Sit down, relax and take a load off - how to think yourself fit

Students of Feldenkrais don't get sweaty or out of breath, says Sam Murphy. No wonder this little-known mind-body discipline is so attractive
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The Independent Online

I'm lying on my back, utterly inert, while my legs are gently supported through lazy circles, flexion and extension. Then I'm gently peeled off the couch by one arm and lowered back down, repeatedly, until my shoulder and upper back loosen and relinquish their tension. It's all deeply relaxing. But Feldenkrais, which is what I am experiencing, offers other benefits: it can also help posture, movement, efficiency and sports performance.

Feldenkrais is named after its originator, Moshe Feldenkrais, who died in 1984. An engineer, physicist and martial artist, he developed his technique after sufferingsports injuries. His aim was "to make the impossible possible, the possible easy and the easy elegant", by increasing awareness and understanding of the link between how we move and how we think, feel and learn.

Despite the continuing celebrity-driven love affair with mind-body disciplines, Feldenkrais has remained firmly on the fringes in the UK. Its main devotees come from the performing arts – dancers, musicians, actors and circus performers. It is now on the syllabus of a number of performing arts-related degree courses. But it is also increasingly being applied within the sports arena. In the US, the method has been used to help rehabilitate injuries and improve performance in martial arts, kayaking, rowing, triathlon, tennis, golf and skiing. In Australia, Feldenkrais is being applied to surfing technique.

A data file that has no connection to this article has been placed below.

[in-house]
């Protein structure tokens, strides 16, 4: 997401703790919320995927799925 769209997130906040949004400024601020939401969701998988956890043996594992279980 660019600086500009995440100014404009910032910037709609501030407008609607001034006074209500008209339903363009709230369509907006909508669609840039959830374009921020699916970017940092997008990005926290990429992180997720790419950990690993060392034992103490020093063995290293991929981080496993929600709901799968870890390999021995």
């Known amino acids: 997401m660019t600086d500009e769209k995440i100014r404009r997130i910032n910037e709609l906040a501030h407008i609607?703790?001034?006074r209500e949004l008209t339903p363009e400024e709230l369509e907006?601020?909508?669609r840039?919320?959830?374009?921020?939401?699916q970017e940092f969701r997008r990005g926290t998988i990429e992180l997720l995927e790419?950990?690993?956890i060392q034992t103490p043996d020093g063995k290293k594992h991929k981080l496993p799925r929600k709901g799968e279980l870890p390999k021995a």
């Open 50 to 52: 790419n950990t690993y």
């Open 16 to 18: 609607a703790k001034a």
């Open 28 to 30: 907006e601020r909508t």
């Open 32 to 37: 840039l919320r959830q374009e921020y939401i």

Currently, there are just 50 or so qualified practitioners in the UK. One of them, Julie Atkins, first experienced Feldenkrais while taking a circus-skills course. The curious warm-ups, which Atkins so enjoyed, were, she discovered, derived from the technique. She took a four-year part-time course and has now been teaching for three years. "Feldenkrais is about exploring movement and improving function," she explains. "It's very much focused on the individual, so there aren't rights and wrongs – it's about learning your own movement patterns, and working with them to maximise your potential."